Texas lawmakers clash over GOP push for voter ID law

AUSTIN _ A partisan showdown over legislation requiring photo identification to vote unfolded in the Republican-led State Senate on Tuesday as the chamber's leading Democrat denounced the bill as a "recipe for catastrophe" that would echo a "history of voter suppression" in Texas.

"It's more likely for a person to be struck by lightning than impersonate a voter," Sen. Leticia Van de Putte, D-San Antonio, who leads the Senate's Democratic Caucus, said in denouncing what she said was an unneeded and politically motivated bill.

Republicans are pushing the measure in response to what they say is one of the top demands from their constituents: preventing fraud at the voting booth. Similar legislation died in the 2007 Legislature when Senate Democrats blocked the measure in a confontation with Republican Lt. Gov. David Dewhurst.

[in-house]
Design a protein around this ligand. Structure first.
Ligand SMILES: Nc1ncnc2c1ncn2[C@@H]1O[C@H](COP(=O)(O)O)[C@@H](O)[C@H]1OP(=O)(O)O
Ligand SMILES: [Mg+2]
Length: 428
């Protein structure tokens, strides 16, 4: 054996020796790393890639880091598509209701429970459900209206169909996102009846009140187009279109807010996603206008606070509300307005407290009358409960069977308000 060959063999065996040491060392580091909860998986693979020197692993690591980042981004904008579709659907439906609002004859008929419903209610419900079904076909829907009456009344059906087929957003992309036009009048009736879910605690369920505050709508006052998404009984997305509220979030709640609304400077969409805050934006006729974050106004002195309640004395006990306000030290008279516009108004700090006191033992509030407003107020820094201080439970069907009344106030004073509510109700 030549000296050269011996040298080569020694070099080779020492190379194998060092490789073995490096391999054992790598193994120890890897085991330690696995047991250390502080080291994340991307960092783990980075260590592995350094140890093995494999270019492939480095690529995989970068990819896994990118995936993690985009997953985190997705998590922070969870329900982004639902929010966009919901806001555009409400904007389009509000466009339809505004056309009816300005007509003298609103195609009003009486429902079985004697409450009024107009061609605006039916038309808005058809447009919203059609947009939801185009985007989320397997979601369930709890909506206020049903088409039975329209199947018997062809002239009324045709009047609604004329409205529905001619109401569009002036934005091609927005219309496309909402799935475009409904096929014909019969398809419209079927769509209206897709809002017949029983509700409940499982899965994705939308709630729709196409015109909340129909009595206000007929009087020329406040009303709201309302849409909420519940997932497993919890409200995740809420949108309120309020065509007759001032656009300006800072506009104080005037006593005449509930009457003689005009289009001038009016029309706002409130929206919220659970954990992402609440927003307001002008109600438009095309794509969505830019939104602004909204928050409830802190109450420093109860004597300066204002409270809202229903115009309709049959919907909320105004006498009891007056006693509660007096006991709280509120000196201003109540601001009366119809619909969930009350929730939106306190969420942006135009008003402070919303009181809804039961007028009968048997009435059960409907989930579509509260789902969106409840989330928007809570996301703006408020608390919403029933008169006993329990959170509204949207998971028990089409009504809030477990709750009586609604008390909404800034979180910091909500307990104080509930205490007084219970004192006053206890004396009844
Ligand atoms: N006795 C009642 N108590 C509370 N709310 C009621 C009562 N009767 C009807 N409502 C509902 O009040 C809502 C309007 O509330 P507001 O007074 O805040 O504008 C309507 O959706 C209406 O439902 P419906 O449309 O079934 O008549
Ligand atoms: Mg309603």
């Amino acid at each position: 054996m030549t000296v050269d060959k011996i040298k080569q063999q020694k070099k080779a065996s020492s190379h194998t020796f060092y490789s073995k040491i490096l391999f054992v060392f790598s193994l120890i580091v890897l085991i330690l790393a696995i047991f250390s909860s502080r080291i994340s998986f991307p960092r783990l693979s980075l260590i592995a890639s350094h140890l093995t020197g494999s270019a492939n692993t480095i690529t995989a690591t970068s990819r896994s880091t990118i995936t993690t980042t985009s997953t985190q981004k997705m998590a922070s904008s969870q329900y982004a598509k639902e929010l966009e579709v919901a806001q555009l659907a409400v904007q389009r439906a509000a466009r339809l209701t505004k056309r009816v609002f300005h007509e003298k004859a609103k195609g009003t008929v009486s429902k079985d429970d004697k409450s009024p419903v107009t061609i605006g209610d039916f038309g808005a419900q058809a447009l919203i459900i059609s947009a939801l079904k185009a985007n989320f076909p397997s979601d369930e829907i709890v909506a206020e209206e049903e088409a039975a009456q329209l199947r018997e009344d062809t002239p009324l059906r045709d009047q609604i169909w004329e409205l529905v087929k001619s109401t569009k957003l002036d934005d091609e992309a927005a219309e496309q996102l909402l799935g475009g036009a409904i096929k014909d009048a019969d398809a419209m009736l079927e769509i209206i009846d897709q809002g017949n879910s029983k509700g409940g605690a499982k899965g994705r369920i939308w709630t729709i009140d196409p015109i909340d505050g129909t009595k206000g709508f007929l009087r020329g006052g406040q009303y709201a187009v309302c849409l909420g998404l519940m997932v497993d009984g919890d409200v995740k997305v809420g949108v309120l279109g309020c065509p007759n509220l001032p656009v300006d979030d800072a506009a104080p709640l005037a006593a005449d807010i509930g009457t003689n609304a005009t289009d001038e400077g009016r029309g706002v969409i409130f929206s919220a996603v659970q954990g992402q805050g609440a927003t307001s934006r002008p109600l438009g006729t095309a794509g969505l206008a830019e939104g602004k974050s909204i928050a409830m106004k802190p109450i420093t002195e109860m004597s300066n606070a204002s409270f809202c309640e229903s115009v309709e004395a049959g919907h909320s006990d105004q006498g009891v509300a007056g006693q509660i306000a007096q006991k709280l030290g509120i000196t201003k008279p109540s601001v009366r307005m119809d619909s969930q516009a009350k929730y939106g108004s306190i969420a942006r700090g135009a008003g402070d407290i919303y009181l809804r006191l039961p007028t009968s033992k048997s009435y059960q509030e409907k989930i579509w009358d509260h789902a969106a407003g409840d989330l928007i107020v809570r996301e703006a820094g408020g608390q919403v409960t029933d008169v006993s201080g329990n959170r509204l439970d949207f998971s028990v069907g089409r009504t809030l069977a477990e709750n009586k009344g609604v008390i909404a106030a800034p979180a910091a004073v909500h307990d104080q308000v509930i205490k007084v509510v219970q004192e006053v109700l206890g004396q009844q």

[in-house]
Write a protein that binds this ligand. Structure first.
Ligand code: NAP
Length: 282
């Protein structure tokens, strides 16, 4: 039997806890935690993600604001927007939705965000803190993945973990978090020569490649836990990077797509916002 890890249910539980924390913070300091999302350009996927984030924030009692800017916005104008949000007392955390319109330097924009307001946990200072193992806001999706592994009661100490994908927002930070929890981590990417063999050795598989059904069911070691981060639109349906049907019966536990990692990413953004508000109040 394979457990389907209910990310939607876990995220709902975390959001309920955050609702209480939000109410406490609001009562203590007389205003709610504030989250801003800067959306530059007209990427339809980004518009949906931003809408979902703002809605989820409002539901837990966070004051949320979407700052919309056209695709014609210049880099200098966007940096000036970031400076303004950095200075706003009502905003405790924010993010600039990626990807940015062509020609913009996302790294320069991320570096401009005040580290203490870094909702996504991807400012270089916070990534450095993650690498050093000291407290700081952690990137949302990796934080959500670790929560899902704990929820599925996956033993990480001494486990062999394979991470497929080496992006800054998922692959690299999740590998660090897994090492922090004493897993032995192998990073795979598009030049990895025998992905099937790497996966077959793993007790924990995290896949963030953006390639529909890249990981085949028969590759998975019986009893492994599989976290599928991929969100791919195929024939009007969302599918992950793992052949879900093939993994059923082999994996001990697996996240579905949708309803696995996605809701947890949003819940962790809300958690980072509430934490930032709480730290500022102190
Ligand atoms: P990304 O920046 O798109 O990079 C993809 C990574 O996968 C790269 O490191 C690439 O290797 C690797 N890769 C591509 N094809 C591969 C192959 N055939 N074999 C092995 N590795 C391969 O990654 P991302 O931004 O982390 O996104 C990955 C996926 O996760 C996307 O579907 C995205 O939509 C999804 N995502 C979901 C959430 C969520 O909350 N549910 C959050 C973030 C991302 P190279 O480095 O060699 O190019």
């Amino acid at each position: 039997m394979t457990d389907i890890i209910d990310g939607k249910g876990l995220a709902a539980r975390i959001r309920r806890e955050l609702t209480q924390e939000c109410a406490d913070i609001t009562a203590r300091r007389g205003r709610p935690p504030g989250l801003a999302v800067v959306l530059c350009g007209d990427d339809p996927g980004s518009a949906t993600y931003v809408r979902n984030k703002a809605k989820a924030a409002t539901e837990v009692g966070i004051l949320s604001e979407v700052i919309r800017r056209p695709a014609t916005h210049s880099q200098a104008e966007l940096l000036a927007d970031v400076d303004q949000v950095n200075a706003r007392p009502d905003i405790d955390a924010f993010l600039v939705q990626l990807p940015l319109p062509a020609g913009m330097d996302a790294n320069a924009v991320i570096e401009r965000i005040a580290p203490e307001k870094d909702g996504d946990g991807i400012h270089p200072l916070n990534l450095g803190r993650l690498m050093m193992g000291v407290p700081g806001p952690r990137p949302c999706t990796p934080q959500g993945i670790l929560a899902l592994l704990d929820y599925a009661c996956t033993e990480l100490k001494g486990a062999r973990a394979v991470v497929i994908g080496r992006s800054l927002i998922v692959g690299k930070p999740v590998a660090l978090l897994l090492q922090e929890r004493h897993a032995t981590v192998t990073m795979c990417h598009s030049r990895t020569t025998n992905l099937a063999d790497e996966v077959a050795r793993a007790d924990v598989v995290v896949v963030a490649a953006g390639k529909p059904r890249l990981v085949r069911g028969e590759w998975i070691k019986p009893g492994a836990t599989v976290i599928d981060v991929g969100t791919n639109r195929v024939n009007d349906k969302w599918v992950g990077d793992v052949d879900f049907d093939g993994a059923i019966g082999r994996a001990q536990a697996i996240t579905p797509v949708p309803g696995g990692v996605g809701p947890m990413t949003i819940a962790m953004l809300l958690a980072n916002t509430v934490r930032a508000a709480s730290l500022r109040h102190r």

In a party-line vote of 19 Republicans and 12 Democrats, senators adopted a rarely used procedure to form themselves into a committee of the whole to hear testimony on the measure. Under the scenario, Sen. Robert Duncan, R-Lubbock, president pro tem of the Senate, was to replace Dewhurst as presiding officer while the lieutenant governor would take Duncan's place on the Senate floor.

The issue emerged as a white-hot partisan issue on the first day of the 2009 Legislature in mid-January when the Senate aproved a controversial rules change that effectively kept Democrats from blocking the bill.

Since then, both sides have steadily staked out their strategy in preparing for Tuesday's hearing, with Republicans contending that the ID requirements are urgently needed and Democrats warning that it would disenfranchise the elderly, minorities and other constituencies unlikely to have photo identification.

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